Dr. Sanni Kayode, AATF Rice Project Manager at a Hybrid Rice Farm in Central Kenya Photo Courtesy: AATF

Embrace agri-technology to be food secure, farmers told

By Ruth Keah I rkeahkadide@gmail.com

Lack of infrastructure and limited use of technology for crop production stifle attainment of food security in Africa, seed experts have said.

Speaking virtually on the third day of the Fifth African Conference for Science Journalists held recently, Mr Amos Rutherfold, a seed man from Legacy Seeds in Ghana and Dr Kayode Sanni, who is the Rice Project Manager and Director of the Alliance for Hybrid Rice in Africa, (AHyRA), said that besides the factors above, there was need for African countries to rethink ways of financing the sector to enable farmers to produce adequate food.

While speaking at the same conference, Dr. Maxwell Darko Asante, a Principal Research scientist at the CSIR-Crops Research Institute, Kumasi, Ghana and who specialises in rice breeding, Africa has the potential to feed itself if technology and other logistical issues were sorted out.

“We need to look at our financial structure. How are we going to fund agriculture in the continent in order to know how we are going to produce enough food to feed our African population,” said Rutherford.

He noted that if farmers secured adequate funds, they can solve these challenges, which include poor quality seeds, inadequate crop protection inputs and plant nutrition inputs, agricultural drought, land tenure system issues, pests and diseases, unstructured market system and weak financial architecture.

He said over the years, governments had tried to impose methodologies that small-scale farmers should use, but which are normally not convenient for farmers to use for production. He said there was need for sustainable crop production in Africa.

“We are the youngest population in the continent; so we must produce enough food to feed our  people,” he said.

Addressing journalists and communication experts attending the conference, Dr Kayode Sanni, Rice Project Manager and Director of the Alliance for Hybrid Rice in Africa, (AHyRA), urged farmers to embrace the growing technology in farming to enhance food security.

He said many western countries had adopted new agri-technologies in producing different farm produce, while Africa is still lagging behind, hence the food insecurity.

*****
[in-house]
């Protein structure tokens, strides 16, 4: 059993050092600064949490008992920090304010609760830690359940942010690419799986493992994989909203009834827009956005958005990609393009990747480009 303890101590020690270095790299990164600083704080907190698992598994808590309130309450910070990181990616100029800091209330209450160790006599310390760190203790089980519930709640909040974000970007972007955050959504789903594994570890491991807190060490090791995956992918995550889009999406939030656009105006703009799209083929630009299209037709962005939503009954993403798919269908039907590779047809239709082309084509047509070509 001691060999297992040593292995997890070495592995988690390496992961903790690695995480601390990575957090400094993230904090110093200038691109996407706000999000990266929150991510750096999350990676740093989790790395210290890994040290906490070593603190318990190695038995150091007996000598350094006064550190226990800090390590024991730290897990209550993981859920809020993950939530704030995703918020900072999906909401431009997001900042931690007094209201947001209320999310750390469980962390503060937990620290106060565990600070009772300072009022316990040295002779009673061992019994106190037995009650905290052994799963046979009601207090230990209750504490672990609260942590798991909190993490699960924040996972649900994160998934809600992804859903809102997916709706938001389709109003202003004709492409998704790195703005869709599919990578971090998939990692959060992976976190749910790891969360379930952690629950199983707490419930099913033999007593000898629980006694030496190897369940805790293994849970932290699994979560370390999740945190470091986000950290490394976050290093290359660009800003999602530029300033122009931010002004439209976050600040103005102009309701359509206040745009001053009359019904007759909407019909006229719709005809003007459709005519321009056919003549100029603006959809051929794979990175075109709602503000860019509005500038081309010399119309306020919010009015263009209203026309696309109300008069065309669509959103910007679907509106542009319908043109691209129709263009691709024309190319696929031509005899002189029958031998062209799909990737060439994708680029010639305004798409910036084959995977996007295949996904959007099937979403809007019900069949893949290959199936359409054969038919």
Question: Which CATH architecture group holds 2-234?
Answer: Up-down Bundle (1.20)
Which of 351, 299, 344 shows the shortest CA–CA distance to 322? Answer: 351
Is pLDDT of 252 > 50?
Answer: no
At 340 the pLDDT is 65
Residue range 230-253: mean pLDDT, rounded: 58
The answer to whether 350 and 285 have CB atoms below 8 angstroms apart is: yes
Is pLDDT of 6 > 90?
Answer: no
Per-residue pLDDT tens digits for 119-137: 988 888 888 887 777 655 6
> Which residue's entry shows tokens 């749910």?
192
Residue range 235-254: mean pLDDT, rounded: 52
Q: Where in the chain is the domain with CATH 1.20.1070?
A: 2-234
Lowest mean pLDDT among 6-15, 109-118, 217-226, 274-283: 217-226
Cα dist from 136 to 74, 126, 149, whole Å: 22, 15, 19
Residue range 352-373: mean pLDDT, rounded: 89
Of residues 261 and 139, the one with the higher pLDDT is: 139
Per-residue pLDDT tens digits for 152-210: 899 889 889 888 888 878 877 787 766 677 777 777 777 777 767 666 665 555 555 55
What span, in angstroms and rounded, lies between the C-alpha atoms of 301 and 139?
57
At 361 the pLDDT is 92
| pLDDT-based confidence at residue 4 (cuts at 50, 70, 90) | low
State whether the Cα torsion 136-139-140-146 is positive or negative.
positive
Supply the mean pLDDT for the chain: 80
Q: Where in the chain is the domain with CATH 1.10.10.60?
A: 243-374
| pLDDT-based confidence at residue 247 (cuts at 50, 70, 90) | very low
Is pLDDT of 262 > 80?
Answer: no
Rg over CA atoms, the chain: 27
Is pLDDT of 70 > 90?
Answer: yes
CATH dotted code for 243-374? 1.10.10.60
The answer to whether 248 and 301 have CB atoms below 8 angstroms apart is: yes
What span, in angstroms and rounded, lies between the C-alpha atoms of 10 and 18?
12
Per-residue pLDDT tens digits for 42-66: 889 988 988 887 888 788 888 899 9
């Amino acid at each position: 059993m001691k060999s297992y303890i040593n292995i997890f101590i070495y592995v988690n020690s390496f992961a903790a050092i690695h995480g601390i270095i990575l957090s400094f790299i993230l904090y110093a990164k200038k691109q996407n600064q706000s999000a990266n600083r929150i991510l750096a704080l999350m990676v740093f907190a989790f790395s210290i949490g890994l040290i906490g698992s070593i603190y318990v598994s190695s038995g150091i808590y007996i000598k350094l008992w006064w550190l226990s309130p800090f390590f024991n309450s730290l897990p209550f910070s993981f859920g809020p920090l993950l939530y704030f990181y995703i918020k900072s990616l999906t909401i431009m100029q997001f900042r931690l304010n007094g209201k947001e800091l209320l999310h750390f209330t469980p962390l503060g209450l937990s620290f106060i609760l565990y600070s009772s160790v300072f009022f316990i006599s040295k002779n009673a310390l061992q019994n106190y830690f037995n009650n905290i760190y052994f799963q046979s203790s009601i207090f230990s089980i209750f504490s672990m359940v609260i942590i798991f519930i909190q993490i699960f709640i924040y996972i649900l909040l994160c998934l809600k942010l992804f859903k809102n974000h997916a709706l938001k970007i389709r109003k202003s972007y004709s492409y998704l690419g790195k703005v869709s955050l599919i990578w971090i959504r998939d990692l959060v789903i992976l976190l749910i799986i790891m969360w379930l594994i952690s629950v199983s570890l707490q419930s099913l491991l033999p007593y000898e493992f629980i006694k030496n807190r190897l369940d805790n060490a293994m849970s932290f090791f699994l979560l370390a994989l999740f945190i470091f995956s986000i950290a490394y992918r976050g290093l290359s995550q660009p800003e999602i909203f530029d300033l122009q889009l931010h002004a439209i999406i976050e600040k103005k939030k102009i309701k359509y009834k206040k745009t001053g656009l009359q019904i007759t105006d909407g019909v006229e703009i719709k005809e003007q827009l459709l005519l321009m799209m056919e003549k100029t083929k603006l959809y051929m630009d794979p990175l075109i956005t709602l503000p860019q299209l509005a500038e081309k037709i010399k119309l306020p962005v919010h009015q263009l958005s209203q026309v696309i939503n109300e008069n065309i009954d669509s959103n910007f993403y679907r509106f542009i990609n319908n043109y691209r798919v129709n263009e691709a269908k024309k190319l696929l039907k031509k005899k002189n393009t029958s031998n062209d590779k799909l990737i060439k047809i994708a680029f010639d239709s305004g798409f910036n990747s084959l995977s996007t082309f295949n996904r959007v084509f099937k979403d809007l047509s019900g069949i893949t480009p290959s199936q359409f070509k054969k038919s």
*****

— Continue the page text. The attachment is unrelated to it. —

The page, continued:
He expressed confidence that the continent had all the variables and technology to become self-sufficient in rice production by increasing productivity, planting climate-resilient varieties, improving crop management, and market linkages along the value chain.

 “Currently, in Africa, we are at the level of 26 million metric tonnes of consumption, and we barely produce half of that. This has left us with a deficit of nearly 13 million metric tonnes,” he said.

According to Dr Kayode, Africa spends over $6 billion in rice importation only. He acknowledged that it is a challenge for African countries, but on the other hand an opportunity to use agri-technology and fill the gap.

“At the end of the day it will improve the livelihoods of the farmers, improve business and increase income, which goes to farmers’ households,” he said.

He added that out of the more than 50 countries in Africa, only three – Tanzania, Madagascar and Mali – are rice self-sufficient. Countries that are still behind are Angola, which is still at 7 per cent of production. Kenya is at 10 per cent.

He urged farmers to take advantage of the situation and adopt new agri-technologies and build capacity of private and public sectors to meet what is needed in achieving food security. He also urged farmers to embrace the new technology to not only produce food, among them rice, for eating, but also for exportation.

“With the shortage here, what we mean is that there is a lot of opportunities if technologies are adopted in producing rice in Africa,” he said.

With effects of climate change being experienced globally, Dr Kayode also urged farmers to plant resilient crops. This, he said, will also increase the chances of being food secure.

“We need to plant climate resilient varieties that can survive drought, disease outbreak or even flooding,” he observed.

The conference was organised by the Media for Environment, Science, Health and Agriculture (MESHA).

close

Subscribe to Post Updates

Tags: No tags

Leave A Comment